Agencies also labouring under new regulations
Agencies that make arrangements for pregnant mainlanders to have their babies in Hong Kong say the business is harder than ever.
Ms Xu of E-baby Land, a Guangzhou-based birth tour agency, said they had been extremely nervous since Hong Kong launched a series of measures to curb the influx.
'The situation is like the stock market. It changes every day,' she said.
Ms Xu said the new border controls and booking requirements had made it very complicated to make arrangements. 'Many who were worried about the new policy chose to come to Hong Kong before February 1. All our hostels are full. There are far fewer beds available in hospitals in the coming months and we have to check them one by one.'
Booking antenatal checks has also become a problem. 'There are many people in Beijing and Shanghai calling in, hoping to make a weekend trip to Hong Kong to do antenatal checks, but not all of them can get a good time slot,' Ms Xu said.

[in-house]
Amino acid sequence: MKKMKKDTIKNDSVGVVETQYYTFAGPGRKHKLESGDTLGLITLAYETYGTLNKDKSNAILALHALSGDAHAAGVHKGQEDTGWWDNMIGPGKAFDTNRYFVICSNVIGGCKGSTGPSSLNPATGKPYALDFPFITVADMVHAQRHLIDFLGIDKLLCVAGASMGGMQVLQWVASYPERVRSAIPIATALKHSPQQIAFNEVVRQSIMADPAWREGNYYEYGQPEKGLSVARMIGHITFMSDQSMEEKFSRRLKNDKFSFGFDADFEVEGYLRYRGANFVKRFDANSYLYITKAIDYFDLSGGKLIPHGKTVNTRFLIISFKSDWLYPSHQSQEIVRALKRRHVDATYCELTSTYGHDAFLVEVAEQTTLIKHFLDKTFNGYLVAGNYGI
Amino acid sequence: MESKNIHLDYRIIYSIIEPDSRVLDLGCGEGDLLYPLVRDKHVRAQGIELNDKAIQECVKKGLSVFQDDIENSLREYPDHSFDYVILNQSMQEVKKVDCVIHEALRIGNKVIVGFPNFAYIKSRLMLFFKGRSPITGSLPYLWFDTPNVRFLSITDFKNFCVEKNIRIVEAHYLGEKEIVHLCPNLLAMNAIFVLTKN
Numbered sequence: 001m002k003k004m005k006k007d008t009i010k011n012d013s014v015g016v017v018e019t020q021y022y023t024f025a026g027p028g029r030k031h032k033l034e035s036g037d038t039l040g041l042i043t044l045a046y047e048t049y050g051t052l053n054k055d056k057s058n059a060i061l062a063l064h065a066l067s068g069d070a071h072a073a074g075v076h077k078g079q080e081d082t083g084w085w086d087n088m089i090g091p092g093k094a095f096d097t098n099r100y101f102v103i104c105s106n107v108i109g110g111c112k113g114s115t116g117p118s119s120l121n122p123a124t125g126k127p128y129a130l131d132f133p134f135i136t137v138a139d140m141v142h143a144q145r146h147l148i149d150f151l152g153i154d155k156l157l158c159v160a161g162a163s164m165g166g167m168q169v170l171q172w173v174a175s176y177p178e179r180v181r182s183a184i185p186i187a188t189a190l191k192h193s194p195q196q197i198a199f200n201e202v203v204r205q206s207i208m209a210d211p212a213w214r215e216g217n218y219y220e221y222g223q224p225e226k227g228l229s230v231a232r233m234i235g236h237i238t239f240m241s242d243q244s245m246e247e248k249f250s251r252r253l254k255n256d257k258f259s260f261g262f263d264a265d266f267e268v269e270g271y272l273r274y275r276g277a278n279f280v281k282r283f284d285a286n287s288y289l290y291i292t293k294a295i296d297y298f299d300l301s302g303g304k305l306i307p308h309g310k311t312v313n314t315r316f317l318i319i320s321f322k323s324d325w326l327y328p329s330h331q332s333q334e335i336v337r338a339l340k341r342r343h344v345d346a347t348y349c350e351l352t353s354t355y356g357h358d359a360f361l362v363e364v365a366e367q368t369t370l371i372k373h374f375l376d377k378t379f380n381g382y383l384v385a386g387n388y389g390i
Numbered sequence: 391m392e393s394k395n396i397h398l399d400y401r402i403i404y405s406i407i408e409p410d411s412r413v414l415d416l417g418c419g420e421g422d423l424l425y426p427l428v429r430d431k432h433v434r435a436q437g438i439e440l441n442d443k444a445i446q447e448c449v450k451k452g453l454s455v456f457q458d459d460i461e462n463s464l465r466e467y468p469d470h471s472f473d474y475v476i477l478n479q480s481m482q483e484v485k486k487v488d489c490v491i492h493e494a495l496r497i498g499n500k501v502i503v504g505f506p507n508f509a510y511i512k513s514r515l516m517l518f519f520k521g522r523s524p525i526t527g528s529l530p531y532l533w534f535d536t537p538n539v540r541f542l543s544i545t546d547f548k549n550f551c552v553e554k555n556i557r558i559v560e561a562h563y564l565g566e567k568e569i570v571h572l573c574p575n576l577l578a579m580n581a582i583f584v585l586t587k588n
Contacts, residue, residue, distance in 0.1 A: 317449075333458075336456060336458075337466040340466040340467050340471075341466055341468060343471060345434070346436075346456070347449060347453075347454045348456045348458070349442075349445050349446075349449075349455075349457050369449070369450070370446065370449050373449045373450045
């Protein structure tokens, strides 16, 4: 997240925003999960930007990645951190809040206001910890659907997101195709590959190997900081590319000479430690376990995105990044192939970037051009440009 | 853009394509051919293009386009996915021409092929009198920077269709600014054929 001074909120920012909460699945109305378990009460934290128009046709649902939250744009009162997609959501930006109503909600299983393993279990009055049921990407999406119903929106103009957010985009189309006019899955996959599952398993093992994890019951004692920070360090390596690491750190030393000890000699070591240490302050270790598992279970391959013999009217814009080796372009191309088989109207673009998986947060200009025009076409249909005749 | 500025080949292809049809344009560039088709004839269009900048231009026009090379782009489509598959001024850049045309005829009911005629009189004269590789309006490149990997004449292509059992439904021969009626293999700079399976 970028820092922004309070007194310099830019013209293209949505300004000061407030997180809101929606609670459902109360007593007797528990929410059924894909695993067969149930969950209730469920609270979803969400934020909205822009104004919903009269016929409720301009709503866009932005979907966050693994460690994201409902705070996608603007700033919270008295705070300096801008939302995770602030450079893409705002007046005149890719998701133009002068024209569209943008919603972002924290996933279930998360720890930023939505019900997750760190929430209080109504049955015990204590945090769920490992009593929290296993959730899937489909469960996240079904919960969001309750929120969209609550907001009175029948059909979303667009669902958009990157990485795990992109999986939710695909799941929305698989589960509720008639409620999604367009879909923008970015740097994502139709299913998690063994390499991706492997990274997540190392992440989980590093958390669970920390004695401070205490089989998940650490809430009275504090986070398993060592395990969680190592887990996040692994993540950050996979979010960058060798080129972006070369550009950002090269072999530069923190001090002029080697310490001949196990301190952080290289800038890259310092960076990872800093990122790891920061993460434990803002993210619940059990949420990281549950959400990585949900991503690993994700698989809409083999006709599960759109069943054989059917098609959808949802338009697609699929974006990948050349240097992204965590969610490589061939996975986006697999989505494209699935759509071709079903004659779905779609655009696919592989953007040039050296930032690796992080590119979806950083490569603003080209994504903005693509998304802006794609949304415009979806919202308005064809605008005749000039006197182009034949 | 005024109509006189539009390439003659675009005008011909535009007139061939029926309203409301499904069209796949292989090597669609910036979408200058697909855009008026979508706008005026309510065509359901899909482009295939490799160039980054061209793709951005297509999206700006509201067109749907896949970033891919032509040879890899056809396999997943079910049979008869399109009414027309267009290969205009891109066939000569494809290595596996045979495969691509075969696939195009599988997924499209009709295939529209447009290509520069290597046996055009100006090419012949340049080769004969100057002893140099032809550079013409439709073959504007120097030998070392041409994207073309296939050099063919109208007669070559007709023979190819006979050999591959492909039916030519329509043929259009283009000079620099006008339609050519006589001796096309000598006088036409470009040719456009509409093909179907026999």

The agency charges 3,000 yuan as a deposit for booking beds, and 13,000 yuan for eight days' accommodation and application for the baby's Hong Kong documents. A Hong Kong-based agency, Hang Seng Medical Services Company, also had been busy in the run-up to the enforcement of the border control.
'We don't want to say it is impossible for heavily pregnant customers to come to the city without booking, but we tell them the risk is huge, or, if they insist, unaffordable,' the agency said.
Another Guangzhou agency said earlier in the week it arranged a car to take one heavily pregnant customer through the Man Kam To checkpoint. She was almost sent back by immigration officers. 'Usually people can pass the border without getting out [of the vehicle], but she was asked out and questioned by the immigration people,' said an agency employee.
'Fortunately, our colleagues had coached her how to answer officers' questions and she was finally allowed to pass.'